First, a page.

But who are they?

 

To get at the significance of who they are…

  • We need to unpack them a bit.

 

Question.

  • If you asked anyone in church today…
  • Why the world is all jacked up…
  • What would they say?

 

Likely, the answer would contain things like:

  • The Fall
  • Adam
  • Sin/Rebellion
  • Satan

 

If you asked an ancient Jew, why the world is all jacked up…

  • What would they say?

 

They would certainly acknowledge the role of Genesis 3.

  • But they would go well beyond it.

 

Michael Heiser sets up the “well beyond”.

“After Eden, God still intended to dwell with humanity. But there would be opposition. Divine beings in service to Yahweh could defect. Enemies of Yahweh and his rule, from the human to the divine to something in between, lurked over the horizon. Heaven and earth were destined to be reunited, but it would be a titanic struggle” – Michael Heiser.

 

There are two specific events in Genesis that demonstrate Heiser’s observation.

  • (1) The “sons of god” and Nephilim of Genesis 6.
    • About which Peter and Jude talk.
  • (2) The Tower of Babel incident found in Genesis 11 and Deuteronomy 32.
    • About which Paul talks.

 

In an effort to understand Paul’s personal force list…

  • We are going to deal with the second.
  • This represents what Michael Heiser calls the Deuteronomy 32 worldview.
  • We can unpack this worldview by looking at a few OT texts.

 

 

Deuteronomy 32 Worldview (Michael Heiser):

Genesis 11:5–9 (ESV) — 5 And the Lord came down to see the city and the tower, which the children of man had built. 6 And the Lord said, “Behold, they are one people, and they have all one language, and this is only the beginning of what they will do. And nothing that they propose to do will now be impossible for them. 7 Come, let us go down and there confuse their language, so that they may not understand one another’s speech.” 8 So the Lord dispersed them from there over the face of all the earth, and they left off building the city. 9 Therefore its name was called Babel, because there the Lord confused the language of all the earth. And from there the Lord dispersed them over the face of all the earth.

 

Here we see God’s response to the peoples’ effort to build the Tower and make a name for themselves.

  • The tower was their attempt to reestablish what was lost at Eden.
  • Access to the divine.
  • We all know the story.

 

It is interesting that God’s response in Genesis 11 parallels that of Genesis 1’s creation.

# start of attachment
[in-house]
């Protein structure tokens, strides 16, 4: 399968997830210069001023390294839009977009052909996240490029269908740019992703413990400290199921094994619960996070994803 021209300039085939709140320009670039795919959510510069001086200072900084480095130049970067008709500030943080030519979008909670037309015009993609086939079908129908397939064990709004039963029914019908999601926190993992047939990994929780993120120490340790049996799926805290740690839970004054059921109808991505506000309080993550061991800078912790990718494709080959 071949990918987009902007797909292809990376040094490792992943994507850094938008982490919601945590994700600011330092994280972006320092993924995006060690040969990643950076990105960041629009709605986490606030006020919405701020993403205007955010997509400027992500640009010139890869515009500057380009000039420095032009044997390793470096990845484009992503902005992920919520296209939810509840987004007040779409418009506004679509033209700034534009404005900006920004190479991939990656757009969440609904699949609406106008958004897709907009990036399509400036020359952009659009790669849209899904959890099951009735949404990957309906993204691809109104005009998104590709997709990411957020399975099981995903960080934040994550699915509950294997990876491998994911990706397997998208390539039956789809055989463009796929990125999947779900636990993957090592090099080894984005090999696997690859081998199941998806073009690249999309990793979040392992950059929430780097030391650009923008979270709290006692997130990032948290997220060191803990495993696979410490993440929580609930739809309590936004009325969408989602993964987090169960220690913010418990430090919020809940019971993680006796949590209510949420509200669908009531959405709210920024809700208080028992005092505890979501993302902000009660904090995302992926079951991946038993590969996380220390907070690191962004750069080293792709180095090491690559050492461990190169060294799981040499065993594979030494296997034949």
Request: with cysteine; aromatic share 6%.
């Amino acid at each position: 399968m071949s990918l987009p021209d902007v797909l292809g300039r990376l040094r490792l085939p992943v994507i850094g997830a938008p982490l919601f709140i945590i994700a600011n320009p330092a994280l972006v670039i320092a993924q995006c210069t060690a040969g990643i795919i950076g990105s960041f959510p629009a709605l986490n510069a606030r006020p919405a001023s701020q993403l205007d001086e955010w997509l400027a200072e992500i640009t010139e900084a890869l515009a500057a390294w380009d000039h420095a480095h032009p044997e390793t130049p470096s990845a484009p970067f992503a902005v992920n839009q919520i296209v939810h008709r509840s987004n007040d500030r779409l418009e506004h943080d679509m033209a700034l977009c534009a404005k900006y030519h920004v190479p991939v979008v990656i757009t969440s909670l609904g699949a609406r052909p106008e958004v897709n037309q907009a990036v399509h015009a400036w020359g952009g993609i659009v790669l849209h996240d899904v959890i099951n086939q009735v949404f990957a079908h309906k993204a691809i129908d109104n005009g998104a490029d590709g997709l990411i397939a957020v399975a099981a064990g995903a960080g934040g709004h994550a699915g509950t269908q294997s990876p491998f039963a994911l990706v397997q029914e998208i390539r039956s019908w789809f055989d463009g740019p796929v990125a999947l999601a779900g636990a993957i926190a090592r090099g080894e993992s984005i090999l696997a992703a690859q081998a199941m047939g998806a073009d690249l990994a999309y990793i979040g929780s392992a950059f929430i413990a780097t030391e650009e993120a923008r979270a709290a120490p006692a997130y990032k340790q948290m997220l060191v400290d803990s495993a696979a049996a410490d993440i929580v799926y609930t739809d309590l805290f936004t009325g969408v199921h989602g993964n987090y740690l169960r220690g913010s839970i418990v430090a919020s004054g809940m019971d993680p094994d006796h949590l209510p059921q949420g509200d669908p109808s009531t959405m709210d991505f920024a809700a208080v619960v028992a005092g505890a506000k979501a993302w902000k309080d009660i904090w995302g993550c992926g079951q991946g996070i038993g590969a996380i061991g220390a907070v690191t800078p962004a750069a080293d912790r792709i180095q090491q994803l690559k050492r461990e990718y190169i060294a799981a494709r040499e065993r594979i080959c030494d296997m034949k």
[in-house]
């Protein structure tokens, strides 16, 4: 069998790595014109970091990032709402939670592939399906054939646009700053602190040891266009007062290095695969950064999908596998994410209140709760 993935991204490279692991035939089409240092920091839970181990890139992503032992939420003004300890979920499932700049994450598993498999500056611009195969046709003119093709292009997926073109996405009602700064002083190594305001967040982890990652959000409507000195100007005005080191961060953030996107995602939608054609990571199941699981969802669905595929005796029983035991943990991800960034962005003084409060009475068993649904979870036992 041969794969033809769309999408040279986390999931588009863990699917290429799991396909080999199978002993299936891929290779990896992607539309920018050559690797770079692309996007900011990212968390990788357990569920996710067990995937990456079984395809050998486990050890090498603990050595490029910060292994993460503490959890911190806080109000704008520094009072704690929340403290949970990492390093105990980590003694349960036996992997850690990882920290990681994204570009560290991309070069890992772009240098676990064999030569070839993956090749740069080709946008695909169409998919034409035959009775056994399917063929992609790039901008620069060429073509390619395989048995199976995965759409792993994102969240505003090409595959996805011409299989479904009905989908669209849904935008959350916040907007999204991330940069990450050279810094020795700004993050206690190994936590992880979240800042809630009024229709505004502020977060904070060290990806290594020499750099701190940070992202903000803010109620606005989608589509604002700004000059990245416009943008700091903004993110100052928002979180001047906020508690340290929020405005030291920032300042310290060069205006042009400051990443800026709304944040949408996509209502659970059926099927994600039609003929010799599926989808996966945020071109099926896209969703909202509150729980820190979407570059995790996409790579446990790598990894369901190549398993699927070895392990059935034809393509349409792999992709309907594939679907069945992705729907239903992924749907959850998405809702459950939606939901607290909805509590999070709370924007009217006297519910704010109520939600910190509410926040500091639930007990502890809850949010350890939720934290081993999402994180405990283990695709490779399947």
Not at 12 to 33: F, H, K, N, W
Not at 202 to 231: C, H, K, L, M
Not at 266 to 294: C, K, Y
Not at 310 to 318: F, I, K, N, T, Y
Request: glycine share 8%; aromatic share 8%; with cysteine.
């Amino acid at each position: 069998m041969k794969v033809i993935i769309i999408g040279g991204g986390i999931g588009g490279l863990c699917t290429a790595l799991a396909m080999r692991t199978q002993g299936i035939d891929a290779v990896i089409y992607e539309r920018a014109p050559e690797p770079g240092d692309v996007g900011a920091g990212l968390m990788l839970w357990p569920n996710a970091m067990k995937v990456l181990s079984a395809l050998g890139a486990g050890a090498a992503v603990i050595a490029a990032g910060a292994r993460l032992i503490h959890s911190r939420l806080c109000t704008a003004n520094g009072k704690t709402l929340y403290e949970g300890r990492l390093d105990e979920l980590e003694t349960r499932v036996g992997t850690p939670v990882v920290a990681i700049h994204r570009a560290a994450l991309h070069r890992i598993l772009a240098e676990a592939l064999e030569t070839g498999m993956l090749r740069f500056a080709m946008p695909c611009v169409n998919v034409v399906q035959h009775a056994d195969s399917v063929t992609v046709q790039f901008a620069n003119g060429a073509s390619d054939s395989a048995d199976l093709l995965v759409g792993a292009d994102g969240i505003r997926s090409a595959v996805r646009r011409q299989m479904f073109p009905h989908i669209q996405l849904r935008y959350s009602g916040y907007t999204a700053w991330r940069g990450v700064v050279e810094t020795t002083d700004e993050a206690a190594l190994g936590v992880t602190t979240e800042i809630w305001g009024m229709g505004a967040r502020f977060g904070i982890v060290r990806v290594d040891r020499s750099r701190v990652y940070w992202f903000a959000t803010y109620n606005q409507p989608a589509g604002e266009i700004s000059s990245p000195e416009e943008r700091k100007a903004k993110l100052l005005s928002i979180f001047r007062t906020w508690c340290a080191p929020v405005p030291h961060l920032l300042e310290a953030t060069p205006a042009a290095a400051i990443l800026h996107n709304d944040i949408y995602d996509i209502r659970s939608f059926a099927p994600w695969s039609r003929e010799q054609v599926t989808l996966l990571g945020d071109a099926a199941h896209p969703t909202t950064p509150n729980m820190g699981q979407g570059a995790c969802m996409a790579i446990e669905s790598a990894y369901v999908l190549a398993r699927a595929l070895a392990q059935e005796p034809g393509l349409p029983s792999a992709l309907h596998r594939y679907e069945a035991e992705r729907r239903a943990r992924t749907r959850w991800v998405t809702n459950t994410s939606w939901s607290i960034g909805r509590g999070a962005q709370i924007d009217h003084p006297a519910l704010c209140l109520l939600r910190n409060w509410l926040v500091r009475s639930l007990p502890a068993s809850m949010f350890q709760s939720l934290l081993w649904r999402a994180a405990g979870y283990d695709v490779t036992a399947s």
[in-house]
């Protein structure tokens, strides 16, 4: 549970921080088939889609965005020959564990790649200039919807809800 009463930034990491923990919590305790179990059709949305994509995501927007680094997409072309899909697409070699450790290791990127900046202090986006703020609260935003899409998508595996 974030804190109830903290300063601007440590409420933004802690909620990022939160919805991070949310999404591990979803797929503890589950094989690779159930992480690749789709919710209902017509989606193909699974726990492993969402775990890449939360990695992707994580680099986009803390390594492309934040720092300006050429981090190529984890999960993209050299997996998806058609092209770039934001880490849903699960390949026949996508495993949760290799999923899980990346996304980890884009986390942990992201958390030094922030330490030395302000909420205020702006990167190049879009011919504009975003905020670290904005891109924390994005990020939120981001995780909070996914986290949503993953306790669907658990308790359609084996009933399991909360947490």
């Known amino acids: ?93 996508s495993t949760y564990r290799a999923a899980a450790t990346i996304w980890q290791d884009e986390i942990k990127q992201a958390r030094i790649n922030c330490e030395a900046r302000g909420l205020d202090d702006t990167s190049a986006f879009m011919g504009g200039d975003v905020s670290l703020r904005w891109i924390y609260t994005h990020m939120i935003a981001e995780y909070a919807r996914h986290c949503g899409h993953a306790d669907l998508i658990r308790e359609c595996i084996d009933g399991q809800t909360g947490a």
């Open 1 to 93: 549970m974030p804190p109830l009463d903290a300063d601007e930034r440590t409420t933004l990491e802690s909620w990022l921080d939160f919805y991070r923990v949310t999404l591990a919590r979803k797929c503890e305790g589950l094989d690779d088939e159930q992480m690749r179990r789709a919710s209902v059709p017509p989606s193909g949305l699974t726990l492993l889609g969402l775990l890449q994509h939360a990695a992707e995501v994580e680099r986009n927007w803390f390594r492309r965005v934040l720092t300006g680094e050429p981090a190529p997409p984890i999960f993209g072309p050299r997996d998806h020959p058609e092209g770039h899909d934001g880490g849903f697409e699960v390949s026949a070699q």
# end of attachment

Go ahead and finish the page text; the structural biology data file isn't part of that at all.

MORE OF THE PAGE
• let us make man in our imageANDlet us go down and there confuse their language
  • So God created man in his own imageANDSo the LORD dispersed them

 

This is interesting because of the identity of the “us”.

  • The “us” is God’s divine council.
  • So, in both instances, God lays out a plan to His divine council.
  • And then God alone provides the action for the plan.

 

To flesh this out more, there is one more Babel text – often overlooked.

  • Deuteronomy 32:8–9 (ESV) — 8 When the Most High gave to the nations their inheritance, when he divided mankind, he fixed the borders of the peoples according to the number of the sons of God. 9 But the Lord’s portion is his people, Jacob his allotted heritage.

 

Here we get more details.

  • The scattering of the people was “according to the number of the sons of God”.

 

The scattering played out like this – according to the text.

  • YHWH would soon set apart a portion of the people for himself – “his allotted heritage”.
  • His people, Jacob” = Israel.

 

And, as for the rest of the folks:

  • They were divvied up “according to the number of the sons of God”.
  • In other words, each of the “sons of God” had his allotment – his inheritance – of the remaining folks.

 

So this text shows us how:

“Yahweh’s dispersal of the nations at Babel resulted in his disinheriting those nations as his people” – Michael Heiser.

 

So what does all this mean?

  • Two things.

 

(1) God’s later call to Abraham in Gen. 12 was how he established His allotment – His inheritance.

  • This was done at the exclusion of the other nations.
  • This exclusion is part of Paul’s “God gave them up” language of Rom. 1:18-26.

 

But this was also an act of grace.

  • God called Abraham out of the East – the place of exile.
  • He called him out of the disinherited and excluded.
  • Importantly, God didn’t make a new Adam.

 

(2) “The rest of the nations were placed under the authority of Yahweh’s divine council” – Michael Heiser.

  • These are the plural “us” of the “let us go down”.
  • The “sons of God”.

 

Moses speaks of this event here:

  • Deuteronomy 4:19–20 (ESV) — 19 And beware lest you raise your eyes to heaven, and when you see the sun and the moon and the stars, all the host of heaven, you be drawn away and bow down to them and serve them, things that the Lord your God has allotted to all the peoples under the whole heaven. 20 But the Lord has taken you and brought you out of the iron furnace, out of Egypt, to be a people of his own inheritance, as you are this day.

 

Here Moses gives a warning that operates on top of the Deuteronomy 32 worldview.

  • God’s inheritance (Israel) is tempted to follow after the “host of heaven”…
  • The “sons of God” of the other nations.

 

In effect, they want to reject their inheritance with Yahweh and choose to be heirs of the “host of heaven”.

  • AKA –“the sun and the moon and the stars”.
  • Insane!

 

Moses reminds them:

  • God delivered you from this very thing – Egypt and her gods.
  • He did so that you might be His “own inheritance”.
  • So get a grip!

 

 

Rabbit Trail – Naaman and Dirt